Festival gives befitting tribute to Barak river sources

STAFF REPORTER
IMPHAL, 12th Dec: Located at the foothills of Heudu hill in Senapati district, Liyai village has been giving life to Barak River, one of the most important rivers of the state, as its source of origin.
The 1st State level Barak Festival is being organised from December 12 to 14 to celebrate the bond among different communities settling along the river which is again reinforced by the river. The festival is to be celebrated under the theme ‘Sustaining peace and harmony’ at the mini stadium of Senapati district and at different locations.
Ahead of the festival, a curtain raiser event was held at Liyai village on Tuesday as a befitting tribute to the place which has been giving life to the river. ADC member of Liyai DCC Th Thaikho Peter, who inaugurated the event, spoke about the history and present state of the village.
According to Peter, Barak River sources its water from streams like Phohrei, Areirei, Tsiileorei, Beirei, Leurei and Veakaorei, which flow into Barak in the village. The Heudu hill is a safe haven for several endangered wildlife species and the villagers are the guardians of the hills and its resources making the hill range green whole year round. There are two broad boulders known as ‘Eachachu’, which the villagers regard as a site of historical importance. The boulders, originally in one-piece, was believed to have been brought there by a man of Paoteimei sub-clan called Ea, which he took from Barak River. The place where Ea placed the rock came to be known as Tsidu till now. The boulder broke into two, as per local belief.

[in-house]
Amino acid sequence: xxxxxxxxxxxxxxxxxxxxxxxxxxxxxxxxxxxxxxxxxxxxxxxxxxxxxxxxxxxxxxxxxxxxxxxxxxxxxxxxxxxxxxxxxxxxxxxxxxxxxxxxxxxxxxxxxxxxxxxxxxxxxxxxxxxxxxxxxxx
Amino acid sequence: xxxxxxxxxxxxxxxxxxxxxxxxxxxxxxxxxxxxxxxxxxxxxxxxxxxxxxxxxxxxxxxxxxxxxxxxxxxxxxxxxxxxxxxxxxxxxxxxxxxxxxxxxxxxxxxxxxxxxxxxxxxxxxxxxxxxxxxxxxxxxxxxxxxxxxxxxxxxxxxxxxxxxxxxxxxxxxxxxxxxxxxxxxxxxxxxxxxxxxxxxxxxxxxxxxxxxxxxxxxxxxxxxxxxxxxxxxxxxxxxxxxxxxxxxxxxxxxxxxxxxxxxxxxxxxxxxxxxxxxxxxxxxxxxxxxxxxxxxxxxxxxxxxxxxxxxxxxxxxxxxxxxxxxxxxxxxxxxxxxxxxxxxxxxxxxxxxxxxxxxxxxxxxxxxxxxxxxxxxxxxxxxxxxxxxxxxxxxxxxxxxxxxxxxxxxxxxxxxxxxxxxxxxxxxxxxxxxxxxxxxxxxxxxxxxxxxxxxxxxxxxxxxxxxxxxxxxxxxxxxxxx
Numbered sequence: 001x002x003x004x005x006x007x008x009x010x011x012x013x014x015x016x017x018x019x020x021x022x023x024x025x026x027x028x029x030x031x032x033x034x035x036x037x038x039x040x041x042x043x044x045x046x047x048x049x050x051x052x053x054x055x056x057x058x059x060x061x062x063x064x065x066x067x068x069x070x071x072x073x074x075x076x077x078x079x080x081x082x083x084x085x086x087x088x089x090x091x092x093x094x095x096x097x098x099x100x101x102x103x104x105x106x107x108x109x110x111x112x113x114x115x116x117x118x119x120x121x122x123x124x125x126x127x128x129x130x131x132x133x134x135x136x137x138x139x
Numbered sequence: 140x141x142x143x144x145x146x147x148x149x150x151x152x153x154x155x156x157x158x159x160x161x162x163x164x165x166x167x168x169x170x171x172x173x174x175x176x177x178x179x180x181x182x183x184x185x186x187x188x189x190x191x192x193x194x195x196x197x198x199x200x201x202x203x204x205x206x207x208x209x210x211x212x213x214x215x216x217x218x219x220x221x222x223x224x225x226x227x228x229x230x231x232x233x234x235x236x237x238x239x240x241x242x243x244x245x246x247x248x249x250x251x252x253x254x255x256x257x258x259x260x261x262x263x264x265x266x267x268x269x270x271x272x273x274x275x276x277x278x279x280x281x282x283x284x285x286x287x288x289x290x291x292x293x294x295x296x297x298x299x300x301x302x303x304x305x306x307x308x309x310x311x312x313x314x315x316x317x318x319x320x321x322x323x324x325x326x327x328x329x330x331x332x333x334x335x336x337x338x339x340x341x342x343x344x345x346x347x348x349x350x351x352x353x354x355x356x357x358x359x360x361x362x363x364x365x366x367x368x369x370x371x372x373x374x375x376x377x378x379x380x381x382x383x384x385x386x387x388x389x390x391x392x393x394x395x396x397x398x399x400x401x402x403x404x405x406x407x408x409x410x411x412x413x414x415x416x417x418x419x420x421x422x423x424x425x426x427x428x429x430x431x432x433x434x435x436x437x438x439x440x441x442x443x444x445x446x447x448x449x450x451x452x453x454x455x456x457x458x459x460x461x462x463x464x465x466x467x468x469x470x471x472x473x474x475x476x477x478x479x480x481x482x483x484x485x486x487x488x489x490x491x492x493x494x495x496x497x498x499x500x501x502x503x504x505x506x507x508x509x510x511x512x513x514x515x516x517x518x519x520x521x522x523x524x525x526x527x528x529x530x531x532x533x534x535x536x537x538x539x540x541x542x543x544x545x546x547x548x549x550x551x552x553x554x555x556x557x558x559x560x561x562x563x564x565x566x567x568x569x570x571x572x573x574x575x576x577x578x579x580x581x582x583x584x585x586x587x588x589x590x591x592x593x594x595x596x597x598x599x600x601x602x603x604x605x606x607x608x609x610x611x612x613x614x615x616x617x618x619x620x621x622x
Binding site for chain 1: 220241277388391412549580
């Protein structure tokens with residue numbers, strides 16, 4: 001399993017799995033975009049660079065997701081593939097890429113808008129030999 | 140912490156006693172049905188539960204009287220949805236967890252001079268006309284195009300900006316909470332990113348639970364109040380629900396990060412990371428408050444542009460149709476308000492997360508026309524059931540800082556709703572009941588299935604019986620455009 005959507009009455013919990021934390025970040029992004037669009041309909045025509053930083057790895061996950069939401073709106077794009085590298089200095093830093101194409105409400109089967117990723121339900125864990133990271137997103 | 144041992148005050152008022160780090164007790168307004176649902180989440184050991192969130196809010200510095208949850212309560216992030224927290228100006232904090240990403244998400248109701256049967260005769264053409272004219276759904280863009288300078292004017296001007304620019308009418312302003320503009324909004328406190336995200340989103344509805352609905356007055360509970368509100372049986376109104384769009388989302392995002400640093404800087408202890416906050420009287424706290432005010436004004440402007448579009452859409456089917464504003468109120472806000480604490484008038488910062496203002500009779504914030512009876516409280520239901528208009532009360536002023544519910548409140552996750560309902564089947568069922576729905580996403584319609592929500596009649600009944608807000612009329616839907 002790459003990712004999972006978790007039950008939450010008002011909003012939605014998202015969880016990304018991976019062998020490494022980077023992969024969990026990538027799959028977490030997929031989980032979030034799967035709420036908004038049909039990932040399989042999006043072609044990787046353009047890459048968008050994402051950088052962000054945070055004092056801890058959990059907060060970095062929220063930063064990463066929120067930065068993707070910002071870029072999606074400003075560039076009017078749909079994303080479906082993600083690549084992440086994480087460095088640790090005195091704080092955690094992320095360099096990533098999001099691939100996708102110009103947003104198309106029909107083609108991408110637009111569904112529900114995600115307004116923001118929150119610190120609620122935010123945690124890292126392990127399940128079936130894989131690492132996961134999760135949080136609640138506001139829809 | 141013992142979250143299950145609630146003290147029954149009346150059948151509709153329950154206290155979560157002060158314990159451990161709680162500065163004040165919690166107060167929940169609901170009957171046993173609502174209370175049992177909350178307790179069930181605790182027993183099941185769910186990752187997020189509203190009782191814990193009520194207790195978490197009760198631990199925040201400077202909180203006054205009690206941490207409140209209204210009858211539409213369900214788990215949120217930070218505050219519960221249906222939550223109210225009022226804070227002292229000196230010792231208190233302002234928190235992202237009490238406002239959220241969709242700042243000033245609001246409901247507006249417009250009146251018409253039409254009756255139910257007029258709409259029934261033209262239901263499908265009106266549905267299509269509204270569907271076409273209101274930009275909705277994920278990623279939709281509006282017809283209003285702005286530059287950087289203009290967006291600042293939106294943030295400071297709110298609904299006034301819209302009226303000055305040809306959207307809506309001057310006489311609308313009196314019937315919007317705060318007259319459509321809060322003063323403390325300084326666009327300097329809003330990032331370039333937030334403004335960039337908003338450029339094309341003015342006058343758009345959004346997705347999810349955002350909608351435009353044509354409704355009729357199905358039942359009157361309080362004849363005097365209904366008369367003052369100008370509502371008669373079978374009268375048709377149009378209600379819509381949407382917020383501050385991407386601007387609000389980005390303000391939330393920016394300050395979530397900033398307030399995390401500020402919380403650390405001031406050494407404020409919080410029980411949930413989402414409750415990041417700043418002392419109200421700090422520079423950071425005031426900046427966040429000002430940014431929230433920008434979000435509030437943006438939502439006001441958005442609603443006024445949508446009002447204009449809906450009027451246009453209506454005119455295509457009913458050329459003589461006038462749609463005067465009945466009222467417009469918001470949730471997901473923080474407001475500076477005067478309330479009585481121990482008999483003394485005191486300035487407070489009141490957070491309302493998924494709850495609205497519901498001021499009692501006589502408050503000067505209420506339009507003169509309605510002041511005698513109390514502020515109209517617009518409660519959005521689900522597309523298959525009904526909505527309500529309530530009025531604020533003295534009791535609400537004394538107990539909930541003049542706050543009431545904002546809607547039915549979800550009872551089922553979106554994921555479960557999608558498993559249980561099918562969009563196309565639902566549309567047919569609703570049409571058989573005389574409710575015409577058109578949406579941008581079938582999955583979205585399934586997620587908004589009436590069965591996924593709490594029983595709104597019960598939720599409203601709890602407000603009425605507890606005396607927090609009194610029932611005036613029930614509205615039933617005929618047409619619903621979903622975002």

Besides, there is another large boulder called ‘Thrubvii Vubvii’ with a sculpture of moon and stars. It is located near a paddy field path locally known as ‘Azhi-Azhao’.
Among the important features of the village, it has six natural ponds or water reservoirs, which the residents call as Khaodu (Tiger Pond), Peori (Elephant Pond), Likhao (Eagle Pond), Khakhao (Fish Pond), Vouzhai (Hornbill Pond) and Chu Dziikhao (Stone Pond). Of them, Khaodu, Peori, Likhao and Khakhao have their own partner ponds with which they are considered as couples by the local residents.
The village has also popular belief regarding the histories of those ponds.
Moreover, the village has two big banyan trees, which the residents believed to be guardian spirits of two major clans of the village – Raomai and Leemai clans.


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